When the first tennis Grand Slam tournament of 2016 kicked off in Australia, the world has received a shocking news. It has been disclosed that 16 players in the top 50 have been flagged to the Tennis Integrity Unit (TIU) over match fixing scandals in the last decade. Out of which, 8 players are playing in this year’s Australian Open.
A joint investigation between BBC and Buzzfeed shows this result. In a statement published late Sunday showed that anonymous sources have provided them with a ‘cache of documents’. These documents revealed “widespread suspected match fixing at the top level of world tennis, including those at Wimbledon.” The date goes as far as 2007.
The concern arises now because, according to the report, tennis authorities did not progress with the investigation and showed no interest whatsoever.
Of course, such allegations involving top tennis players are extremely grave. The head of TIU, Nigel Willerton said, “All credible information received by the TIU is analysed, assessed and investigated by highly experienced former law enforcement investigators.”
One of the investigators back in 2007, Mark Phillips said, “There was a core of about 10 players who we believed were the most common perpetrators that were at the root of the problem.”
With the blaming of how tennis authorities did not progress further with the investigation, the ATP President, Chris Kermode, denied all allegations.
“The Tennis Integrity Unit and the tennis authorities absolutely reject any suggestion that evidence of match fixing has been suppressed for any reason or isn’t being thoroughly investigated.”
“It is simply not true that we are sitting on evidence. What happens is that information and intelligence are given to the Tennis Integrity Unit and they then have to turn into evidence.” He further added, “There is a big difference here between information and intelligence as to evidence. Every single bit of information that the Tennis Integrity Unit receives is investigated properly.”
BBC and Buzzfeed refused to name the players under investigation.
Meanwhile, world number 1 Novak Djokovic disclosed that in 2007, he was approached to throw a first round match in St Petersburg.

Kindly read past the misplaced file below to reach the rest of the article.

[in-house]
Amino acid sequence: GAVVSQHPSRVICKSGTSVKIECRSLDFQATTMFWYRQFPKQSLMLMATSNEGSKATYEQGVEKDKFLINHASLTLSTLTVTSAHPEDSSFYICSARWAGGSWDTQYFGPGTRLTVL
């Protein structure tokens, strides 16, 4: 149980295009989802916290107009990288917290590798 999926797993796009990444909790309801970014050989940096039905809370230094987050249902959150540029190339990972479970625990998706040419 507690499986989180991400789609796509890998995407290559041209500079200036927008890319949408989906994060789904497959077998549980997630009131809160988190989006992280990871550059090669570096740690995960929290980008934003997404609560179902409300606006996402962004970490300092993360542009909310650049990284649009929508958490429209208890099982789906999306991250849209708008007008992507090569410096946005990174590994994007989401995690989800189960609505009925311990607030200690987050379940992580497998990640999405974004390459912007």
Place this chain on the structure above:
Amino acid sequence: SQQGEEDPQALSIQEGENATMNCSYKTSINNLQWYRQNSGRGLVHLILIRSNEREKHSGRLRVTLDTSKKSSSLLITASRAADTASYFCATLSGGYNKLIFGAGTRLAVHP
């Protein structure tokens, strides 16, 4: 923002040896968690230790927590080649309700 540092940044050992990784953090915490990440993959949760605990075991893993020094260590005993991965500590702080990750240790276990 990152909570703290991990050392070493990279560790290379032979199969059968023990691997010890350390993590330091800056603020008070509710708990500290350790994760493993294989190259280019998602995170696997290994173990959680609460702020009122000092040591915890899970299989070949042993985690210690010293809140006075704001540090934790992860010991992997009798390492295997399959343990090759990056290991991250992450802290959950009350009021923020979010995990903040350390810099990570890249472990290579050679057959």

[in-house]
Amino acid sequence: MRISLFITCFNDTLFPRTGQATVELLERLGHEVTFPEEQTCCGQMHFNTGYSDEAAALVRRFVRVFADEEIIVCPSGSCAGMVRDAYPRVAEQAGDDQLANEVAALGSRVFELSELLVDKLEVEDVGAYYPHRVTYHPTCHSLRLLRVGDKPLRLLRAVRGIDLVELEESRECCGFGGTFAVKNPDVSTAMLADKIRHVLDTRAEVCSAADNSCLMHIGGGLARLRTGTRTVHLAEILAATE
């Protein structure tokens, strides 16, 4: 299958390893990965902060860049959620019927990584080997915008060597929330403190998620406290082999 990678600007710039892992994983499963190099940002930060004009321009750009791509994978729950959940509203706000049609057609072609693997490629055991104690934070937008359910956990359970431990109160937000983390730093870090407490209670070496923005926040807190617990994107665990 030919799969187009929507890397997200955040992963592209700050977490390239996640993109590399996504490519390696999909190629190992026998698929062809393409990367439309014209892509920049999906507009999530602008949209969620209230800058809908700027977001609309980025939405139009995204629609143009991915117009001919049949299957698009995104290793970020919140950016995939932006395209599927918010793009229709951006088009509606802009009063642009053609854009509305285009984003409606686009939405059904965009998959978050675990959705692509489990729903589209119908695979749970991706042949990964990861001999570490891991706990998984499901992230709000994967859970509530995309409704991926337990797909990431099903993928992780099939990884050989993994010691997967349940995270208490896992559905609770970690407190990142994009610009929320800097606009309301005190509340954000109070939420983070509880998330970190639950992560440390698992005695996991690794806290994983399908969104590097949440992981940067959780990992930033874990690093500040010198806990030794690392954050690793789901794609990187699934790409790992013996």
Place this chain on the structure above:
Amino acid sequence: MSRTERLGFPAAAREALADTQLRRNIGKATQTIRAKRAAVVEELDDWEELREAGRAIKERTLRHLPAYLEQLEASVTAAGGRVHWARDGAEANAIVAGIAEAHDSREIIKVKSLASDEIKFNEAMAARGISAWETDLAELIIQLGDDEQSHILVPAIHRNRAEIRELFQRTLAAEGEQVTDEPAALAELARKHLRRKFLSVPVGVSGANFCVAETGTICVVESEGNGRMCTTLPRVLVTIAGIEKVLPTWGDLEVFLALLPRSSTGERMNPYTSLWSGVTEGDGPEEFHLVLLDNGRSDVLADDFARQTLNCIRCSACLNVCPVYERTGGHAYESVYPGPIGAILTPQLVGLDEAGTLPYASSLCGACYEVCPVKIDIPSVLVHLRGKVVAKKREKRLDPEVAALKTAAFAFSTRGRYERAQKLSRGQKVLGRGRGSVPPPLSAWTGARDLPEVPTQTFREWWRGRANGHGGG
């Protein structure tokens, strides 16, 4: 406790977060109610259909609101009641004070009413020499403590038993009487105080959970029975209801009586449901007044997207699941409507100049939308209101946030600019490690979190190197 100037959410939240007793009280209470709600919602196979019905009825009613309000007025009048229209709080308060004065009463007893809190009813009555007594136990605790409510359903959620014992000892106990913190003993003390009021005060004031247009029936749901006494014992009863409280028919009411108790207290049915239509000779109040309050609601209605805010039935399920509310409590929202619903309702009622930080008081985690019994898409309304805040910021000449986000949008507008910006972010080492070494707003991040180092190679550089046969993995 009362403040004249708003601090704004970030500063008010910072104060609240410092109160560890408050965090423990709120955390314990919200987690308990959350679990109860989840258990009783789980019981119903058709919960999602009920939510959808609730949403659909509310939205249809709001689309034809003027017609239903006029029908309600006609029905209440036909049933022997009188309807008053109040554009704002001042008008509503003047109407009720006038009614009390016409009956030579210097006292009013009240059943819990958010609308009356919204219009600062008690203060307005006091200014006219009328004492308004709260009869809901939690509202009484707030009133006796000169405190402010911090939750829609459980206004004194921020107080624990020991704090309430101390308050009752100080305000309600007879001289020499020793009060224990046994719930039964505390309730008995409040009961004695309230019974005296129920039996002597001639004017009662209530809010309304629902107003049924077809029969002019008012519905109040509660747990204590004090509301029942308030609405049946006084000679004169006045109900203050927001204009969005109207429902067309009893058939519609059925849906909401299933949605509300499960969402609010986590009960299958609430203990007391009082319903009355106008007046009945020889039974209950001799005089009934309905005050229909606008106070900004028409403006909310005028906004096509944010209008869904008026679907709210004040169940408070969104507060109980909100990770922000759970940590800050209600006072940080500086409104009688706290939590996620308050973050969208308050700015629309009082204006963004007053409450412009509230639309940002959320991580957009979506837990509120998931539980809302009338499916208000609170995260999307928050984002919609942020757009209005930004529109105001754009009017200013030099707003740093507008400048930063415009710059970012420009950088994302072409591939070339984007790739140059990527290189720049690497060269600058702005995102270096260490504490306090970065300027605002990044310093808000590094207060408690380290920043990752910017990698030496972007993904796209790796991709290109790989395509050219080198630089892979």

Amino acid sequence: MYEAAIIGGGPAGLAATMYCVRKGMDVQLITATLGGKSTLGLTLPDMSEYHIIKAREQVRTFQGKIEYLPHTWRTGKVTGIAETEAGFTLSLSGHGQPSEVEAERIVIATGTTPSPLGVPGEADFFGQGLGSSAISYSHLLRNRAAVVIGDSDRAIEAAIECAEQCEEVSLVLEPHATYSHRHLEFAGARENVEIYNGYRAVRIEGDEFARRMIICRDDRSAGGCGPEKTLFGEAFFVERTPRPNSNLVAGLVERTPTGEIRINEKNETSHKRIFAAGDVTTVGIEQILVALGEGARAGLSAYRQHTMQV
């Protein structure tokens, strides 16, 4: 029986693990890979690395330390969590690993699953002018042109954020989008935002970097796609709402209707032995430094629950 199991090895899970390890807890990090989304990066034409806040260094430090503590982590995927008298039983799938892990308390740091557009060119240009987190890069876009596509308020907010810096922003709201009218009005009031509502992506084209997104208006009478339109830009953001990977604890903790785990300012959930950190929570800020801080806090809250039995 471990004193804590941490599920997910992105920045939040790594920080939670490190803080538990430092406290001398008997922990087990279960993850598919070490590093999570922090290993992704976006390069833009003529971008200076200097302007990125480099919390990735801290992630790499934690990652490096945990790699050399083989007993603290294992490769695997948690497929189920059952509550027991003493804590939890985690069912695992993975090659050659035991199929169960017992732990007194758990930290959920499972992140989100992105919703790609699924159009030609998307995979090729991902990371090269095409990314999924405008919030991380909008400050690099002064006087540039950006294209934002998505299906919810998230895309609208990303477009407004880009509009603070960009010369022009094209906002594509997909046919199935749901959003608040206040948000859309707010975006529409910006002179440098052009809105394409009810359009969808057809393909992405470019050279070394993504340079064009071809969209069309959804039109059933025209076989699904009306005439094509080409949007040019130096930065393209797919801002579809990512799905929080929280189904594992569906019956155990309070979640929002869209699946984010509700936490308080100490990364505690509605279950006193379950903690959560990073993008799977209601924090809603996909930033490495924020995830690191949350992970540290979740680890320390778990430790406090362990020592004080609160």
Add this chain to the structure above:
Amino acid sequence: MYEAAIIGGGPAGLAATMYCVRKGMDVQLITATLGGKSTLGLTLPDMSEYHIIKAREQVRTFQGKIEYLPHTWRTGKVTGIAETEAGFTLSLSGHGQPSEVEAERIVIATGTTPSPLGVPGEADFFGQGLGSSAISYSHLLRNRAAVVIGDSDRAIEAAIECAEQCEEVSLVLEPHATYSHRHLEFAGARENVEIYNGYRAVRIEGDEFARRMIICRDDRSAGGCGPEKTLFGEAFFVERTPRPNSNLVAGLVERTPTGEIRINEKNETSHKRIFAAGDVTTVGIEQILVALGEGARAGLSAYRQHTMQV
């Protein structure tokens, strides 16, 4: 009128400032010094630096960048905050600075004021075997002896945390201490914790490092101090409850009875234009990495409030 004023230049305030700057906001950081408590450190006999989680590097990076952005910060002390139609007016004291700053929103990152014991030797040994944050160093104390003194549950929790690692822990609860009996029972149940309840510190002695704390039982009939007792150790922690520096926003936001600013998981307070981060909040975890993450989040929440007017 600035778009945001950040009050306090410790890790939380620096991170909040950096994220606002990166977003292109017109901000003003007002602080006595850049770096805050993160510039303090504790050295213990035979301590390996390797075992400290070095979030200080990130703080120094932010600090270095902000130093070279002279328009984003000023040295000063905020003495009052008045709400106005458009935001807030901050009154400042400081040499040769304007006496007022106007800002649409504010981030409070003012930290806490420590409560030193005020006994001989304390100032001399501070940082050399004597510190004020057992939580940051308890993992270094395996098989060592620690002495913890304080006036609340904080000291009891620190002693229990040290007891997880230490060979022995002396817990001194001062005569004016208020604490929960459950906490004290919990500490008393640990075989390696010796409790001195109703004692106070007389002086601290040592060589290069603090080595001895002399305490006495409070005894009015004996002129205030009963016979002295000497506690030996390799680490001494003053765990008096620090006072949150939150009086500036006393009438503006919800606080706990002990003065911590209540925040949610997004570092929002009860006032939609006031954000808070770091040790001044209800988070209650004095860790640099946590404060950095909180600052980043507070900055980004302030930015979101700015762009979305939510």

“I was not approached directly. I was approached through people that were working with me at that time,” he told the reporters in Melbourne after his first match against South Korea’s Chung Hyeon. He further said, “The approach made me feel terrible because I don’t want to be anyhow linked to this kind of thing. I think there is no room for it in any sport, especially in tennis.”
“In the last six, seven years, I haven’t heard anything similar. I personally was never approached directly, so I have nothing more to say about that.”
It was revealed that the Serbian was offered $200,000 to lose that match. On top of this, world number 2, Andy Murray voiced his concerns on this matter and believes that players may be involved in match fixing. On a live radio program, Murray said, “It doesn’t really surprise me. Some guys have to come to tournaments like this every single week and the first-round loser’s cheque is only 2,500 (£1,700) and they have got to pay their air fares and it’s only a 10- or 12-year career so you have to make all your money while you’re still paying.” He, on Monday morning, went on to tweet on this regard.
It is now to see what steps will be taken next. This is just the start of the tennis season, and a whole year lays ahead. If further investigation proves that TIU’s report is correct, it will be one of the biggest scandals in the sporting world.
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